We further observed cells with high FoxM1 expression, which were found to have phenotypic changes reminiscent of EMT. As shown in Figure 5A, distinct morphological differences between the H292-FoxM1 cell line and its parental H292-vector cell line were observed in cell culture. Whereas H292 cells are polygonal and grow in clusters, H292-FoxM1 cells are elongated and spindle-shaped, and grow in a scattering pattern to confluence. To further explore the mechanisms associated with the increased metastasis potential, we tested some essential factors associated with EMT, which promotes metastasis in carcinomas. We found that H292-FoxM1 cells expressed lower mRNA and protein levels of E-cadherin and ZO-1 while obtained higher mRNA and protein levels of the mesenchymal markers, like vimentin and N-cadherin (Figure 5B and C). Slug is a transcription repressor, which is potent inducer of EMT. We have observed increased Slug expression in FoxM1-overexpression cells (Figure 5D). Our observations suggest that FoxM1 induces metastasis through EMT.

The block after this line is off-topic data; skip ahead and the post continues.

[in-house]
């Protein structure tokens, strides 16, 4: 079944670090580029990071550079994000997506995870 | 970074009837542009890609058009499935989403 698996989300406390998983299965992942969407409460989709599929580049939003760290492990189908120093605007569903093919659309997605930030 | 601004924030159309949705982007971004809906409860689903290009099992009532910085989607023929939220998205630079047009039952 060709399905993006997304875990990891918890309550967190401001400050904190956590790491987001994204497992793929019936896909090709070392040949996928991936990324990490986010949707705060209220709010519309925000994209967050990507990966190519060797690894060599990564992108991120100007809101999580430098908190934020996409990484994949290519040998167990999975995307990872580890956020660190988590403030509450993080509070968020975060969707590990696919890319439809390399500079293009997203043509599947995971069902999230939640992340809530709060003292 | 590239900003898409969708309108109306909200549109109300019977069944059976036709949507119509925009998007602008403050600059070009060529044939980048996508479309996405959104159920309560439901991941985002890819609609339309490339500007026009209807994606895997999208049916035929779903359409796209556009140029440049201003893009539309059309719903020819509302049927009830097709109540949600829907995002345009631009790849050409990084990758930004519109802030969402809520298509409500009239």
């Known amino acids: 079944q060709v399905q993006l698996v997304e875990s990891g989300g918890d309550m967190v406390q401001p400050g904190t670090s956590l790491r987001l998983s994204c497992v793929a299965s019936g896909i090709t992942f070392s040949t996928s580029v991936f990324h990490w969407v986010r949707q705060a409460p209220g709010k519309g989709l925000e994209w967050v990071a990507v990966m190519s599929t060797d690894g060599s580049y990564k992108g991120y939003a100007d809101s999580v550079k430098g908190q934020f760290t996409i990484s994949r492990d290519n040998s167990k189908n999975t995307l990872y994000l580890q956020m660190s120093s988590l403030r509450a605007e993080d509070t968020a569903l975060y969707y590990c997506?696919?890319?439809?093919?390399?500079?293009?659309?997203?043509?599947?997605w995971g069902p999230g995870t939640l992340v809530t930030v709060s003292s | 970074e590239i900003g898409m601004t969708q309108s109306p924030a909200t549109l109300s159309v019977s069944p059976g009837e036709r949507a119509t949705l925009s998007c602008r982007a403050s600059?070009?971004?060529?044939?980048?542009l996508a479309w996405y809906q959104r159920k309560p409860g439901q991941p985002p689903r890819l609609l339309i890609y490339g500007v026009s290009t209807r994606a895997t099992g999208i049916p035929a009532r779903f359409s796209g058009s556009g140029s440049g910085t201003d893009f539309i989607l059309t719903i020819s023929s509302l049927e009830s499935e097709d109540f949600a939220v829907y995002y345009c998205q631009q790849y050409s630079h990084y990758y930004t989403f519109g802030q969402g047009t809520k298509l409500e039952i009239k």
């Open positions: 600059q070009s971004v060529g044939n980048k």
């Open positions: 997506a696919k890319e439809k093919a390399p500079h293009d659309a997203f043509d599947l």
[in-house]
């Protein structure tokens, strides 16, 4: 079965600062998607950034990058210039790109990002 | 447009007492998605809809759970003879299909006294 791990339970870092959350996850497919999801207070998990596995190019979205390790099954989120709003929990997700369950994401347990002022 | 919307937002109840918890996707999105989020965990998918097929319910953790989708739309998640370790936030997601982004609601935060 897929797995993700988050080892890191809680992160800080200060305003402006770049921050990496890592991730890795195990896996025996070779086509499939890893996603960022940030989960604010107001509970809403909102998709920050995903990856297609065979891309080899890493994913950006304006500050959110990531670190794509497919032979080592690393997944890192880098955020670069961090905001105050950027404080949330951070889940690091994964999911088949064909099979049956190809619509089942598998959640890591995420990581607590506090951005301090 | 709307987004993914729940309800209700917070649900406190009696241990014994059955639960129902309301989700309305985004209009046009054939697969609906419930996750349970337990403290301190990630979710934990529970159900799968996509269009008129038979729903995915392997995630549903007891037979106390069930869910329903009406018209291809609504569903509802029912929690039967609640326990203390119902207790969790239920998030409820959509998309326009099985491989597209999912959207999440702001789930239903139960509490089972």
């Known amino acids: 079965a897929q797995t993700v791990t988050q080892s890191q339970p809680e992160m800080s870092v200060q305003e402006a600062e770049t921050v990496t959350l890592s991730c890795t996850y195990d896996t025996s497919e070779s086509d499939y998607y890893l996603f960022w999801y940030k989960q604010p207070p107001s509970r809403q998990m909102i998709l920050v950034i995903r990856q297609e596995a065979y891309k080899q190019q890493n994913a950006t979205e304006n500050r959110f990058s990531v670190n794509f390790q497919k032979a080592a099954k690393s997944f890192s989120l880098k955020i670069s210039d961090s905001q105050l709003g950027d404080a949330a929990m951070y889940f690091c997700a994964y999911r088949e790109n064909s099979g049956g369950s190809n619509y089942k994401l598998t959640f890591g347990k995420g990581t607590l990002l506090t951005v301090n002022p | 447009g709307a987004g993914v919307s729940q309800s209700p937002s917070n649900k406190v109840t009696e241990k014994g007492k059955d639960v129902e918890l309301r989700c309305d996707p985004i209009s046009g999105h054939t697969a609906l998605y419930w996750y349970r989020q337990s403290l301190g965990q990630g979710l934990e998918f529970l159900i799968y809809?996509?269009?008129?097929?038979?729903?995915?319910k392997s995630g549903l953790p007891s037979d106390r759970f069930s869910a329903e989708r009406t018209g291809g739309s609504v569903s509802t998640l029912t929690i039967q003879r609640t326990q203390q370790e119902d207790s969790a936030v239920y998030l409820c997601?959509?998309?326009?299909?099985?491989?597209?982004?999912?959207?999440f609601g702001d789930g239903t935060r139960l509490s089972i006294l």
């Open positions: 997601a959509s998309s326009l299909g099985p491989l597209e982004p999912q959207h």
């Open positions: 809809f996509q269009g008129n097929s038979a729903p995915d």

Figure 5. FoxM1 overexpression induced the epithelial-mesenchymal transition of NSCLC cells.

(A) Representative phase-contrast images of the H292-vector and H292-FoxM1 cells (Magnification: 200×). (B) quantitive real-time PCR analysis of the relative expression of EMT markers as indicated. GADPH were used as loading control. Data are expressed as Mean ±s.d., *p<0.05. (C) The relative expression of EMT markers as indicated was determined by immunoblotting (left), and the results of which was further quantified (right). β-actin served as a loading control. (D) The relative expression of Slug as indicated was determined by immunoblotting (left), and the results of which was further quantified (right). β-actin served as a loading control.